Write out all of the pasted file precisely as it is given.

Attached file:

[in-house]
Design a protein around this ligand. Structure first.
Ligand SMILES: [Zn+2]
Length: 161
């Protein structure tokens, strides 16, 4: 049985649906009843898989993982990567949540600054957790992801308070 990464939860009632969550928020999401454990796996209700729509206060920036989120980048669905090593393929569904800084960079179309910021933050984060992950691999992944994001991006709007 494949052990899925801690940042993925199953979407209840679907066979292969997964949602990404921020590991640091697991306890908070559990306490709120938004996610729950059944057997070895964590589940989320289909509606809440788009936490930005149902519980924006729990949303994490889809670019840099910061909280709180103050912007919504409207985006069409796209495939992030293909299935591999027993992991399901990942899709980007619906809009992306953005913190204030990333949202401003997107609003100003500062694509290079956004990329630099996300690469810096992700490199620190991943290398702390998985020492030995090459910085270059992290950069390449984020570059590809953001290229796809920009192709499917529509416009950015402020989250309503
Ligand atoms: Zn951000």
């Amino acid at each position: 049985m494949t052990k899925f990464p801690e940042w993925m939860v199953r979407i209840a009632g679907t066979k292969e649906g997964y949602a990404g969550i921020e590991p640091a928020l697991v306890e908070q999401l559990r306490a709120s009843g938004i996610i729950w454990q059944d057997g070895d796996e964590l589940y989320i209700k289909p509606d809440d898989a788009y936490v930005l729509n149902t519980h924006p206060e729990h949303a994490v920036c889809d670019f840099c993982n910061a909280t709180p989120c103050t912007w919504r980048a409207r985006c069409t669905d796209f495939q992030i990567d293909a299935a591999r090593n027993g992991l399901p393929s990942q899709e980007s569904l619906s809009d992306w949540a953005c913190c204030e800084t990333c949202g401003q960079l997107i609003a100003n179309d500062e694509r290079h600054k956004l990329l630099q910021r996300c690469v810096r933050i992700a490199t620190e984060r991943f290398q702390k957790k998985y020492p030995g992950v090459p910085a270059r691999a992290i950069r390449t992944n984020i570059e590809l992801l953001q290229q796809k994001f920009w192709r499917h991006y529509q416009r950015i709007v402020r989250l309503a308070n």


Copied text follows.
[in-house]
Design a protein around this ligand. Structure first.
Ligand SMILES: [Zn+2]
Length: 161
């Protein structure tokens, strides 16, 4: 049985649906009843898989993982990567949540600054957790992801308070 990464939860009632969550928020999401454990796996209700729509206060920036989120980048669905090593393929569904800084960079179309910021933050984060992950691999992944994001991006709007 494949052990899925801690940042993925199953979407209840679907066979292969997964949602990404921020590991640091697991306890908070559990306490709120938004996610729950059944057997070895964590589940989320289909509606809440788009936490930005149902519980924006729990949303994490889809670019840099910061909280709180103050912007919504409207985006069409796209495939992030293909299935591999027993992991399901990942899709980007619906809009992306953005913190204030990333949202401003997107609003100003500062694509290079956004990329630099996300690469810096992700490199620190991943290398702390998985020492030995090459910085270059992290950069390449984020570059590809953001290229796809920009192709499917529509416009950015402020989250309503
Ligand atoms: Zn951000």
């Amino acid at each position: 049985m494949t052990k899925f990464p801690e940042w993925m939860v199953r979407i209840a009632g679907t066979k292969e649906g997964y949602a990404g969550i921020e590991p640091a928020l697991v306890e908070q999401l559990r306490a709120s009843g938004i996610i729950w454990q059944d057997g070895d796996e964590l589940y989320i209700k289909p509606d809440d898989a788009y936490v930005l729509n149902t519980h924006p206060e729990h949303a994490v920036c889809d670019f840099c993982n910061a909280t709180p989120c103050t912007w919504r980048a409207r985006c069409t669905d796209f495939q992030i990567d293909a299935a591999r090593n027993g992991l399901p393929s990942q899709e980007s569904l619906s809009d992306w949540a953005c913190c204030e800084t990333c949202g401003q960079l997107i609003a100003n179309d500062e694509r290079h600054k956004l990329l630099q910021r996300c690469v810096r933050i992700a490199t620190e984060r991943f290398q702390k957790k998985y020492p030995g992950v090459p910085a270059r691999a992290i950069r390449t992944n984020i570059e590809l992801l953001q290229q796809k994001f920009w192709r499917h991006y529509q416009r950015i709007v402020r989250l309503a308070n």